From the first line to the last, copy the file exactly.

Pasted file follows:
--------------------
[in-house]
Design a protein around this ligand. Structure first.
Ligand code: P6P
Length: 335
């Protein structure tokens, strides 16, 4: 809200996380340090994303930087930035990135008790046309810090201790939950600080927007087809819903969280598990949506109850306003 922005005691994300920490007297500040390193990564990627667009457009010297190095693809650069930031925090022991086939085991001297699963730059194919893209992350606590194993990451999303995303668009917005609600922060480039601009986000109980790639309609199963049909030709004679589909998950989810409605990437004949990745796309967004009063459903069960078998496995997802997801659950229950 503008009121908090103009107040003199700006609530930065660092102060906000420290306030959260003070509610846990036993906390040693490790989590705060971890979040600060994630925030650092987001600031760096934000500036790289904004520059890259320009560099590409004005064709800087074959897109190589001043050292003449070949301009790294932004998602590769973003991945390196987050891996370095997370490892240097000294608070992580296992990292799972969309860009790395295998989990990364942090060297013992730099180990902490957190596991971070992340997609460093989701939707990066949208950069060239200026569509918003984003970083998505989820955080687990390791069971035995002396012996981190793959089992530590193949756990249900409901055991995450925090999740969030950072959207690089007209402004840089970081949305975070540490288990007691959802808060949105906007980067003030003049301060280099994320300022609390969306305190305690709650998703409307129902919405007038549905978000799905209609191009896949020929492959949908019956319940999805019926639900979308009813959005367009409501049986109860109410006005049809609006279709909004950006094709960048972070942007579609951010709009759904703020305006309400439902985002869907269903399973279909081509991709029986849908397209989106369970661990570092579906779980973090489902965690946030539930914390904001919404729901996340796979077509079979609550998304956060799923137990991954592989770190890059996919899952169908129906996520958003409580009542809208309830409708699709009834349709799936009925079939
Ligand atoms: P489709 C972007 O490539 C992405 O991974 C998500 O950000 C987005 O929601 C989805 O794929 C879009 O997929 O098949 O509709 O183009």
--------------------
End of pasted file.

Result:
[in-house]
Design a protein around this ligand. Structure first.
Ligand code: P6P
Length: 335
């Protein structure tokens, strides 16, 4: 809200996380340090994303930087930035990135008790046309810090201790939950600080927007087809819903969280598990949506109850306003 922005005691994300920490007297500040390193990564990627667009457009010297190095693809650069930031925090022991086939085991001297699963730059194919893209992350606590194993990451999303995303668009917005609600922060480039601009986000109980790639309609199963049909030709004679589909998950989810409605990437004949990745796309967004009063459903069960078998496995997802997801659950229950 503008009121908090103009107040003199700006609530930065660092102060906000420290306030959260003070509610846990036993906390040693490790989590705060971890979040600060994630925030650092987001600031760096934000500036790289904004520059890259320009560099590409004005064709800087074959897109190589001043050292003449070949301009790294932004998602590769973003991945390196987050891996370095997370490892240097000294608070992580296992990292799972969309860009790395295998989990990364942090060297013992730099180990902490957190596991971070992340997609460093989701939707990066949208950069060239200026569509918003984003970083998505989820955080687990390791069971035995002396012996981190793959089992530590193949756990249900409901055991995450925090999740969030950072959207690089007209402004840089970081949305975070540490288990007691959802808060949105906007980067003030003049301060280099994320300022609390969306305190305690709650998703409307129902919405007038549905978000799905209609191009896949020929492959949908019956319940999805019926639900979308009813959005367009409501049986109860109410006005049809609006279709909004950006094709960048972070942007579609951010709009759904703020305006309400439902985002869907269903399973279909081509991709029986849908397209989106369970661990570092579906779980973090489902965690946030539930914390904001919404729901996340796979077509079979609550998304956060799923137990991954592989770190890059996919899952169908129906996520958003409580009542809208309830409708699709009834349709799936009925079939
Ligand atoms: P489709 C972007 O490539 C992405 O991974 C998500 O950000 C987005 O929601 C989805 O794929 C879009 O997929 O098949 O509709 O183009």